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(The 2022 SXSW Film Festival runs March 11-20 in glorious Austin, Texas. Check out Chris Reed’s movie review of Nothing Lasts Forever. Join the conversation with HtN on our Letterboxd Page.)

What, exactly, is a diamond, other than the dated “a girl’s best friend” and/or “forever”? In its simplest definition, it’s a mineral “composed of carbon” and formed at very high pressures and temperatures many miles below the Earth’s surface. They are also the hardest naturally occurring substance on the planet and are therefore often used in industrial cutting and other technologies; they are also an extremely valuable gemstone. But who sets their value, and what happens if it turns out that they can be created artificially by intrepid inventors? 

That is very much on the mind of documentary director Jason Kohn (Love Means Zero), whose extremely entertaining and peppy new movie, Nothing Lasts Forever, takes the viewer on a journey into the world of this precious rock and why so many covet it as a symbol of enduring love. Or at least they have until now. As the title says, nothing does really last forever…

Kohn fills the screen with a lively array of experts on the subject, one of the most engaging of which is jeweler/scientist/historian/author Aja Raden. She’s here, along with physicist/gemologist John Janik, to debunk the myth that there is something superior (and rare) in the diamonds mined from the ground. Janik has pioneered techniques to produce diamonds that he claims are indistinguishable from the real thing. And, in fact, what’s not real about them? A diamond is a diamond is a diamond, no matter how it’s created.

On the other side of the issue are folks like Stephen Lussier, of the diamond consortium DeBeers, and Martin Rapaport, of the diamond-trading Rapaport Group, both of whom are deeply invested in maintaining the status quo. And though they are genial guys—Lussier, especially, apparently the first DeBeers executive to ever sit for an interview—but not about to accept any upstart incursions into their domain. 

Everyone here has a strong opinion about why diamonds are/are not worth what people pay for them. Kohn travels the world, from the U.S., to India, to Botswana, and to China, sometimes following the trail of “synthetics” (as lab-grown diamonds are called) as they are dumped into the flow of “naturals” to see if anyone can tell them apart. Most can’t, no matter what they claim (though DeBeers has made a lot of money selling detection equipment). And thanks to people like Janik and Dusan Simic—another gemologist we meet—it will only get harder to do so.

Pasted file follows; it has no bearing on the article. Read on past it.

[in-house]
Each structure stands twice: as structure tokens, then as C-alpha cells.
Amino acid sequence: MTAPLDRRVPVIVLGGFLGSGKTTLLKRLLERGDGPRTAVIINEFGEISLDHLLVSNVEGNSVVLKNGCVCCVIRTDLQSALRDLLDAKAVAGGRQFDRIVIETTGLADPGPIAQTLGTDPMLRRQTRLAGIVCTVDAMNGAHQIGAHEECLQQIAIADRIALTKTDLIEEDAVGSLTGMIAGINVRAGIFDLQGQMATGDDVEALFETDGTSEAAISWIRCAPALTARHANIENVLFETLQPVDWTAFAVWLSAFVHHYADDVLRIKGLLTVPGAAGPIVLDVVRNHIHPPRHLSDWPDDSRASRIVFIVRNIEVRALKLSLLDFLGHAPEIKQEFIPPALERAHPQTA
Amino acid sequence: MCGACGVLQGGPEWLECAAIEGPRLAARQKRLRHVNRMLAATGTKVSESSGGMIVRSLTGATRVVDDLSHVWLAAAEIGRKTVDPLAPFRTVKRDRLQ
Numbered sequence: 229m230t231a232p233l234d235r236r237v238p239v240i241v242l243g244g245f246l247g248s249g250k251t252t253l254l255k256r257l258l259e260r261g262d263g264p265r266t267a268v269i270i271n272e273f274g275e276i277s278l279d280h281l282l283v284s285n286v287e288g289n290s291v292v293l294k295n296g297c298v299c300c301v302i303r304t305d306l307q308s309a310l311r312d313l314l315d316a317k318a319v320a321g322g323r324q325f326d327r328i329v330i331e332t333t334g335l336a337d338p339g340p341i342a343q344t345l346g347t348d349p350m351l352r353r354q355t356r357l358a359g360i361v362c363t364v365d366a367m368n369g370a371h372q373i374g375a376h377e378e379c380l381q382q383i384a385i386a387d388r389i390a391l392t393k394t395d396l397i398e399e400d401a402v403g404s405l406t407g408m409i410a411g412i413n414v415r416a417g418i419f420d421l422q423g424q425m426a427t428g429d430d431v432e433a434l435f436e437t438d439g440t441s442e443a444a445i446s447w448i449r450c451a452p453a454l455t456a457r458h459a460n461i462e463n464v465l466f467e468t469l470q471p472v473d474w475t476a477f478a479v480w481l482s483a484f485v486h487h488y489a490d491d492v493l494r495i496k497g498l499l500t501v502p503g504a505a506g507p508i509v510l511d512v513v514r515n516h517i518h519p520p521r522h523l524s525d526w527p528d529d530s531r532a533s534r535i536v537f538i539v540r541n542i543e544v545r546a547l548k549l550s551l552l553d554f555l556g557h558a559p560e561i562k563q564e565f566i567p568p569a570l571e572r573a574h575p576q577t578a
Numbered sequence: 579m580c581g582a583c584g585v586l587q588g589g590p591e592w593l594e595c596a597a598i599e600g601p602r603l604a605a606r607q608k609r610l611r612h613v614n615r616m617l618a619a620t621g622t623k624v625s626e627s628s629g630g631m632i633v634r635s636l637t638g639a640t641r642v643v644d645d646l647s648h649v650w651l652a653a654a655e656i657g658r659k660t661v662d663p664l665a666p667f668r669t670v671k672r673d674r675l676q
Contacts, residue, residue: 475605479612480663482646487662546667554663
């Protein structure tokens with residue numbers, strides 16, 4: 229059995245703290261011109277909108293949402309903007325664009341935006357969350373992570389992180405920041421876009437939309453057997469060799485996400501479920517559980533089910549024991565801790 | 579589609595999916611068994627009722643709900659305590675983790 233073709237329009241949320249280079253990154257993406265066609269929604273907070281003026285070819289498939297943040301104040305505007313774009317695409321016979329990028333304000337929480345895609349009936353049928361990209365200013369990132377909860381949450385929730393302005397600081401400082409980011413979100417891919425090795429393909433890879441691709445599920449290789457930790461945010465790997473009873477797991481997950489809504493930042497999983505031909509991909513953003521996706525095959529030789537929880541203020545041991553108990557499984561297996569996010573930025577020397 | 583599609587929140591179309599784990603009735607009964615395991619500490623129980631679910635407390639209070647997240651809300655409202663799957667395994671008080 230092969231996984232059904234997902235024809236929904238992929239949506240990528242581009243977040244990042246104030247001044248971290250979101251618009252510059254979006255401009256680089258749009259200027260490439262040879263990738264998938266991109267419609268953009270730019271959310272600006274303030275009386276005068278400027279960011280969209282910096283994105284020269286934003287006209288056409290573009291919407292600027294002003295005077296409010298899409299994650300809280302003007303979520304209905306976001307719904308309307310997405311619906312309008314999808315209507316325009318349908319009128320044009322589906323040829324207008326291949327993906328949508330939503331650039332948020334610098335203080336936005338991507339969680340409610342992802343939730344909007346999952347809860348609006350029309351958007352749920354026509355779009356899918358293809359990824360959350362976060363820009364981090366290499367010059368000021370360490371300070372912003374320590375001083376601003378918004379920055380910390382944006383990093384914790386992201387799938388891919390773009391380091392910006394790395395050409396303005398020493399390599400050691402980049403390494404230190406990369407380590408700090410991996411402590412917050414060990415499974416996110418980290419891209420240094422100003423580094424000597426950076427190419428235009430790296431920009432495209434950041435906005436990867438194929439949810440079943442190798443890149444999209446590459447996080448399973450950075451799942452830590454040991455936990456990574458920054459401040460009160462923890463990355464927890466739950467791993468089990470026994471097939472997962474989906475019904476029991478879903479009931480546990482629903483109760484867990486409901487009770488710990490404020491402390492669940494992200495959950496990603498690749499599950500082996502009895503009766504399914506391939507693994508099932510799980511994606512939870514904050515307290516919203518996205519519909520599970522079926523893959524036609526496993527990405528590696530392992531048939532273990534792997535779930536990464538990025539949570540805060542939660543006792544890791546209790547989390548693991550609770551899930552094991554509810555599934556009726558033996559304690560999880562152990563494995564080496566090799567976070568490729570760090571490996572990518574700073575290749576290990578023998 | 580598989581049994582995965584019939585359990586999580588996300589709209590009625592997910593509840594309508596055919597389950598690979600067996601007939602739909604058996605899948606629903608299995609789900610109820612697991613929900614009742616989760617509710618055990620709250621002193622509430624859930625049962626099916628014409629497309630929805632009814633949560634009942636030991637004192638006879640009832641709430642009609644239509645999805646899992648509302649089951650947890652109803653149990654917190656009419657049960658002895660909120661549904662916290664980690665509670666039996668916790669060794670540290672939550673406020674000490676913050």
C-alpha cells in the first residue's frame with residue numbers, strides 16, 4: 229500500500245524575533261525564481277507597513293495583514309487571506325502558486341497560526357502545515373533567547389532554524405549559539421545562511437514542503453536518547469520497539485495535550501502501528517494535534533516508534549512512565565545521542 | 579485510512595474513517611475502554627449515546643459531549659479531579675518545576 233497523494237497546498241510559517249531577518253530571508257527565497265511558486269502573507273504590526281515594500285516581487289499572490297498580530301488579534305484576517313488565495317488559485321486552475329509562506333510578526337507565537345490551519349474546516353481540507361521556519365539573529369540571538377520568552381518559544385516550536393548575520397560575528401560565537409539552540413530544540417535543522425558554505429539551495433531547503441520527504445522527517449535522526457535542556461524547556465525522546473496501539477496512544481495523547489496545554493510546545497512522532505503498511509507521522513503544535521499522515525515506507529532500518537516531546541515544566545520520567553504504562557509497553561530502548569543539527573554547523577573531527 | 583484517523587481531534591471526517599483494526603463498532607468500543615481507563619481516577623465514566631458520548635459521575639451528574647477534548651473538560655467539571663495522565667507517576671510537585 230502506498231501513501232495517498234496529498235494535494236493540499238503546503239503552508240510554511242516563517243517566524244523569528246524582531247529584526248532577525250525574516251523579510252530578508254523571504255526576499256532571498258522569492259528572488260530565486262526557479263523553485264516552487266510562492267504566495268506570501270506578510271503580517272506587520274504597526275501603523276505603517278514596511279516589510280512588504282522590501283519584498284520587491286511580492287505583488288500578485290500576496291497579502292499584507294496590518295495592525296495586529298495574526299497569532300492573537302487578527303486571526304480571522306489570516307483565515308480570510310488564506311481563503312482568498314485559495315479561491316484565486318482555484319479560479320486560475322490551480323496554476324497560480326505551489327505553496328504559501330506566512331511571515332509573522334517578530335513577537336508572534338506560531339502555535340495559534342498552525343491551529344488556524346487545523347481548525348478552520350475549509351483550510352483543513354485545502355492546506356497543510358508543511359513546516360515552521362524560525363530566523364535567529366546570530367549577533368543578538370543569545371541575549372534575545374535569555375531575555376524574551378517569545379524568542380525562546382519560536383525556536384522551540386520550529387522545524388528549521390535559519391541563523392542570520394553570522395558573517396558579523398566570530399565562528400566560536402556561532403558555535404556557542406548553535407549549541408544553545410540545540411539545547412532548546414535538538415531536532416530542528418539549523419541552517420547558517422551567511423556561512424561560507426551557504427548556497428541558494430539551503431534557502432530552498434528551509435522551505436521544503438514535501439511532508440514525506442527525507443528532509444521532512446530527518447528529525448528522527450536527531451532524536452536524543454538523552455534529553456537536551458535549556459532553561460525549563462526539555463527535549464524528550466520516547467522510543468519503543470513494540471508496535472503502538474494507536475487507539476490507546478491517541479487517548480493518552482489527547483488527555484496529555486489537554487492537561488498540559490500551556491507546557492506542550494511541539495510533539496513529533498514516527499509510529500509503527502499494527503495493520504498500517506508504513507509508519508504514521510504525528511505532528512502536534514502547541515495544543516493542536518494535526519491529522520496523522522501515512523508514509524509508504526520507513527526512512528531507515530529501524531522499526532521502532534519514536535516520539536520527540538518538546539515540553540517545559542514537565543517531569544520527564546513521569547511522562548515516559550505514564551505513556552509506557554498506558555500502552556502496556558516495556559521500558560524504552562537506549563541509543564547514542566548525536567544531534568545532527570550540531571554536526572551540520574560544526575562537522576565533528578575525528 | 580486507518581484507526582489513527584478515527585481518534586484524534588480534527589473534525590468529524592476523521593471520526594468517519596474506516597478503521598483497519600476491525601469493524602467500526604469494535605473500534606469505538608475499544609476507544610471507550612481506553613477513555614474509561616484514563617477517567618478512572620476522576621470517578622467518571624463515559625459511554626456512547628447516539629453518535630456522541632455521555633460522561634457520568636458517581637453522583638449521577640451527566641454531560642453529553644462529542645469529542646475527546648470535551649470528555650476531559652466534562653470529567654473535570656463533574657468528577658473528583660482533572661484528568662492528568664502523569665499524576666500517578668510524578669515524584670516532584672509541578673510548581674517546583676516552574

Rapaport, especially, thinks this is a tragedy not only for the industry, but for love and marriage. Then again, he seems kind of mentally stuck in the era that produced Gentlemen Prefer Blondes (the original Broadway production of which premiered the song “Diamonds Are a Girl’s Best Friend”). Of what worth is an engagement if you don’t spend a lot of money to show you care? 

We can argue that point (and I would), but the larger question to ponder is whether or not diamonds should remain so expensive. And here’s the kicker: based on this movie’s evidence, synthetics are already well mixed into the general supply. Perhaps it’s therefore time to jettison such old-fashioned notions. And thanks to Kohn’s delightful film, we can have a lot of fun doing so.

– Christopher Llewellyn Reed (@ChrisReedFilm)

2022 SXSW Film Festival; Jason Kohn; Nothing Lasts Forever documentary movie review

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Christopher Llewellyn Reed is a film critic, filmmaker, and educator. A member of both the Online Film Critics Society (OFCS) and the Washington DC Area Film Critics Association (WAFCA) and a Rotten Tomatoes-approved film critic, he is: lead film critic at Hammer to Nail; editor at Film Festival Today; formerly the host of the award-winning Reel Talk with Christopher Llewellyn Reed, from Dragon Digital Media; and the author of Film Editing: Theory and Practice. In addition, he is one of the founders and former cohosts of The Fog of Truth, a podcast devoted to documentary cinema.

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